Tooele Transcript Bulletin – News in Tooele, Utah

September 12, 2019
Public hearing on $190M bond for new schools draws only one speaker

But three more community meetings on proposed bond set for this month 

The Tooele County School Board’s public hearing Tuesday night for its $190 million bond proposal drew one public comment.

The lone comment came from Jill Jones, a teacher at Stansbury High School. Jones said she is also the mother of five students who will graduate from SHS. 

“I am so supportive of this bond, I can hardly stand it,” she said. “Our kids deserve the best. Cramming them or packing them in is already happening. I just believe in our future and our kids are the future. I really really hope that people will be educated about this bond and vote yes and and we can keep up with the growth and make this community even better.”

According to the Tooele County School District’s information on the bond, SHS has an ideal capacity of 1,313 students and its current enrollment is 1,960 students.

Tooele High School can “comfortably” hold 1,371 students. Its current enrollment is 1,870 students, according to the school district’s bond information.

The proposed bond includes $100 million for a new high school in Overlake. The new high school will help relieve overcrowding at SHS and THS, according to the school district’s bond information.

The school district has included $50 million in the proposed bond for a new junior high school in Stansbury Park.

Clarke Johnsen Junior High School currently has 930 students enrolled with an ideal capacity of 825 students. The new junior high school in Stansbury Park would alleviate overcrowding and accommodate growth in Stansbury Park, Erda and Lake Point. Junior high students in these communities currently attend Clarke Johnsen Junior High School.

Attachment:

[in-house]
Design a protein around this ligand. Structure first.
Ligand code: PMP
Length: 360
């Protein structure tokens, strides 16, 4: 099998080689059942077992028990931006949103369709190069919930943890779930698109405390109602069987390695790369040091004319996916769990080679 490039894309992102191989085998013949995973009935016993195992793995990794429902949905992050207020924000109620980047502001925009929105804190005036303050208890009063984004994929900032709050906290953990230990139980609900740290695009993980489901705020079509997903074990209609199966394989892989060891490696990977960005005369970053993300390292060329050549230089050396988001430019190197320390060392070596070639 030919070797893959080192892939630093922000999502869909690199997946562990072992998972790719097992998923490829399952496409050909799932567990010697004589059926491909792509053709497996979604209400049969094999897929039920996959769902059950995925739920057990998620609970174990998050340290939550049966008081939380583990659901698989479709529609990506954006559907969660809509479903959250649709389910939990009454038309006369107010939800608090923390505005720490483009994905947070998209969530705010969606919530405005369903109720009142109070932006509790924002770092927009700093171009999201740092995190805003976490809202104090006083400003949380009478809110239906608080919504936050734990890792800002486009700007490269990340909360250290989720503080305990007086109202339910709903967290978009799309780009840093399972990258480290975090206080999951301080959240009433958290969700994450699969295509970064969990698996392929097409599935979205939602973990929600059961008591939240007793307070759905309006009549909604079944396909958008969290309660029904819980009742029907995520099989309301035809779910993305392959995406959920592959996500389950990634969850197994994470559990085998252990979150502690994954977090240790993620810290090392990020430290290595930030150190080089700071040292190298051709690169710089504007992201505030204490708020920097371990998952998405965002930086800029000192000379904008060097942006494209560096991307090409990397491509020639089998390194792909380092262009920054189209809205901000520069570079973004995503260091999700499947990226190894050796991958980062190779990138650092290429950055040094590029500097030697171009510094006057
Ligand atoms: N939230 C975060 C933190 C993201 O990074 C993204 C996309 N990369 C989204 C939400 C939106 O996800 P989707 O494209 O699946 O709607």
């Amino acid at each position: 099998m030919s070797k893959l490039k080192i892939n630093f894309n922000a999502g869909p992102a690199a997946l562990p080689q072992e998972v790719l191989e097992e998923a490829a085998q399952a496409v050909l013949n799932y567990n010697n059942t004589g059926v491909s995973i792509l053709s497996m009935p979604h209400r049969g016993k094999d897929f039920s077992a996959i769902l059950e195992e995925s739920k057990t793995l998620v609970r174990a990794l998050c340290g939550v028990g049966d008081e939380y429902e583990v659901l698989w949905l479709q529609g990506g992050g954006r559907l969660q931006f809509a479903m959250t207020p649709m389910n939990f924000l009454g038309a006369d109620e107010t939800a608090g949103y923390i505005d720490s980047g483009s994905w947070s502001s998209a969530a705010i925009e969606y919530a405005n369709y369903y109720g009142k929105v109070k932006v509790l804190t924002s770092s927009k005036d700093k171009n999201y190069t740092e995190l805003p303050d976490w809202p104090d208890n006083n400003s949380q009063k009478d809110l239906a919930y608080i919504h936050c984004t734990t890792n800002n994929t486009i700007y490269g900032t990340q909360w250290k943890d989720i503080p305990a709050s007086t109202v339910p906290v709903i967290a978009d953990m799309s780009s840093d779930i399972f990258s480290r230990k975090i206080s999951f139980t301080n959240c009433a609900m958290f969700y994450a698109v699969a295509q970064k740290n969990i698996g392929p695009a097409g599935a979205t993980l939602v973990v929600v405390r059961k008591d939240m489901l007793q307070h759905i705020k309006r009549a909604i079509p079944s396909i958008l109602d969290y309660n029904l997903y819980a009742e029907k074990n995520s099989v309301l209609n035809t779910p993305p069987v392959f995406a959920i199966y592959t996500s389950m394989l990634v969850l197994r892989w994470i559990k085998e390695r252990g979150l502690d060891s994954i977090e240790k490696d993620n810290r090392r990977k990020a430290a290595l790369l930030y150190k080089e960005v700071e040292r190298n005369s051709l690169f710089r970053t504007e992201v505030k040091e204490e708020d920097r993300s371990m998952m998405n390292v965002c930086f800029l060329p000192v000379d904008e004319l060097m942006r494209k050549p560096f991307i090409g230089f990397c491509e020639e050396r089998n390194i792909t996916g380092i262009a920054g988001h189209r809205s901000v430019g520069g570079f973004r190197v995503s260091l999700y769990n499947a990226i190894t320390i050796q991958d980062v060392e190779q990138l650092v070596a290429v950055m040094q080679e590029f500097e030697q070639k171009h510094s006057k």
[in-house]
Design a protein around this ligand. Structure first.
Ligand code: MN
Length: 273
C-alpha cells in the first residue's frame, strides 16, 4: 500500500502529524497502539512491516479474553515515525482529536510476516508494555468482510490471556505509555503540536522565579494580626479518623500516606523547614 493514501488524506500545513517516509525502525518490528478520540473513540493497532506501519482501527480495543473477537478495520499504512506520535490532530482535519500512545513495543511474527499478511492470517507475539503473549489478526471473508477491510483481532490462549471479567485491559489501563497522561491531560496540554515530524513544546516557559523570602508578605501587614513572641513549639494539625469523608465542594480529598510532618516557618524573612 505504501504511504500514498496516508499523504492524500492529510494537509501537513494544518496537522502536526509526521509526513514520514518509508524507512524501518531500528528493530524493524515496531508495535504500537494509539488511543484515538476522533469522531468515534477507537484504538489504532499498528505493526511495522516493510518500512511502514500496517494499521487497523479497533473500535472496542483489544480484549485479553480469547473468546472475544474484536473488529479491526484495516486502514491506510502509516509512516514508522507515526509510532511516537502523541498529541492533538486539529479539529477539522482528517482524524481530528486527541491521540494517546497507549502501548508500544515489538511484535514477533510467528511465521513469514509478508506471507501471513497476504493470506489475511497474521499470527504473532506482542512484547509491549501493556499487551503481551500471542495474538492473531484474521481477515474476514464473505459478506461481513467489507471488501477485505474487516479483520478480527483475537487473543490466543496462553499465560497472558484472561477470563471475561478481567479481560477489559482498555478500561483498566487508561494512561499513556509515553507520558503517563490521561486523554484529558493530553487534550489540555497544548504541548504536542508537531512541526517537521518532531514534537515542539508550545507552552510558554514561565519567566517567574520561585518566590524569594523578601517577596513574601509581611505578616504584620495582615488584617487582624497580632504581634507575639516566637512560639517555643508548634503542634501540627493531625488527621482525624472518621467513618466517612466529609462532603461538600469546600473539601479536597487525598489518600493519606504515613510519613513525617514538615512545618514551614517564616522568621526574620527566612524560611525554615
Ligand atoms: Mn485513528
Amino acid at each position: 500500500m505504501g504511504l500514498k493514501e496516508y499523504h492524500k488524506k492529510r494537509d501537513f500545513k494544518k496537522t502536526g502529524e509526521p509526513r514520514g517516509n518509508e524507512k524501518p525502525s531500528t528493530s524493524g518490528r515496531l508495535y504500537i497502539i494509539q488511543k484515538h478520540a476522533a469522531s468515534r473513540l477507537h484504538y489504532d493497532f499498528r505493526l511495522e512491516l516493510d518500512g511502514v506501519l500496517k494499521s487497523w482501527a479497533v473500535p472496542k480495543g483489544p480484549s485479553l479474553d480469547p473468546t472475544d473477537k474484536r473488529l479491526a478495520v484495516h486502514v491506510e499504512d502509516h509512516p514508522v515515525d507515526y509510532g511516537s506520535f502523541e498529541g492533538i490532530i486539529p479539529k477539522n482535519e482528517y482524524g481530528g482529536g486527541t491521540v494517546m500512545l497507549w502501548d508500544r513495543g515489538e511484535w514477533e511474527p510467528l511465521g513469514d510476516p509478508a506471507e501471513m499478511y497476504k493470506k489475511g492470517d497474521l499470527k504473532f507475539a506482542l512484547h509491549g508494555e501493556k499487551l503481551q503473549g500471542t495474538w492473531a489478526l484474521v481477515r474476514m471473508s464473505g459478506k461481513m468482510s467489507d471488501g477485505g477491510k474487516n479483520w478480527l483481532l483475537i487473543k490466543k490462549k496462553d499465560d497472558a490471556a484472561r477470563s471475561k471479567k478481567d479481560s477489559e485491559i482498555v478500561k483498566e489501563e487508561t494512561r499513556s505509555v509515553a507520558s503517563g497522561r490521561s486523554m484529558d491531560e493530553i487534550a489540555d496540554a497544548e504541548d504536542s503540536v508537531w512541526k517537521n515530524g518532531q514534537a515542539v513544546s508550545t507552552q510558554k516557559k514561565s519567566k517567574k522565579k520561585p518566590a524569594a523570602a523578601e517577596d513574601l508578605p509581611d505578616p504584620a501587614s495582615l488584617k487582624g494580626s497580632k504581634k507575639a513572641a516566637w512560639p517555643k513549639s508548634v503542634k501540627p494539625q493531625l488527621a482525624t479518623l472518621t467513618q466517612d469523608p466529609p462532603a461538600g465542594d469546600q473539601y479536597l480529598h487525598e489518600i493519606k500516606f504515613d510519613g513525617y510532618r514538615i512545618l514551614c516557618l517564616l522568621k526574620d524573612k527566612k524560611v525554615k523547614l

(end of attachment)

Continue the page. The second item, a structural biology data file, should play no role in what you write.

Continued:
If it passes, the proposed bond will also be used to build a new $30 million elementary school in Grantsville.

Willow Elementary is currently 30 students over capacity and Grantsville Elementary is 50 students over capacity. The new elementary in Grantsville will help accommodate growth in Grantsville, according to the school district.

In addition to the three new schools, the proposed bond also includes $10 million for security upgrades for existing schools, according to the school district’s bond information.

Alex Buxton, Zions Bank Public Finance, told the school board that by bonding at this time the school district will be able to take advantage of current low interest rates.

Delaying construction would increase costs, according to Steve West, the school district’s operations director. Construction costs are increasing between 5% and 10% per year, he said.

If passed, the monthly property tax impact on the owner of the average home in the county valued at $250,000 would be an additional $10.70. The monthly property tax impact on a business of the same value would be an additional $19.45.

“We are living within our budget,” said school district superintendent Scott Rogers.“The funding we get from the state pays for current operations. Funding for new facilities has always been local property taxes.”

The school district will hold three community meetings on its bond proposal during this month. The community meetings on the school bond will be held on Sept. 16 at Stansbury High School, 5300 Aberdeen Lane in Stansbury in the school’s auditorium; on Sept. 26 at Grantsville High School, 55 E. Cherry Street in Grantsville in the lunchroom; and on Sept. 30 at Tooele High School, 301 W. Vine Street in Tooele in the auditorium. Each meeting starts at 6:30 p.m.

Tuesday night’s public hearing on the proposed bond was held during the school board’s regular meeting in the board meeting room at the school district office.

 

Tim Gillie

Editor at Tooele Transcript Bulletin
Tim has been writing for the Transcript Bulletin since October 2017. In February 2019 he was named as editor. In addition to being editor, Tim continues to write about Tooele County government, education, business, real estate, housing, politics and the state Legislature. He became a journalist after a 20 year career with the Boy Scouts of America. Tim is a native of Washington state and a graduate of Central Washington University.

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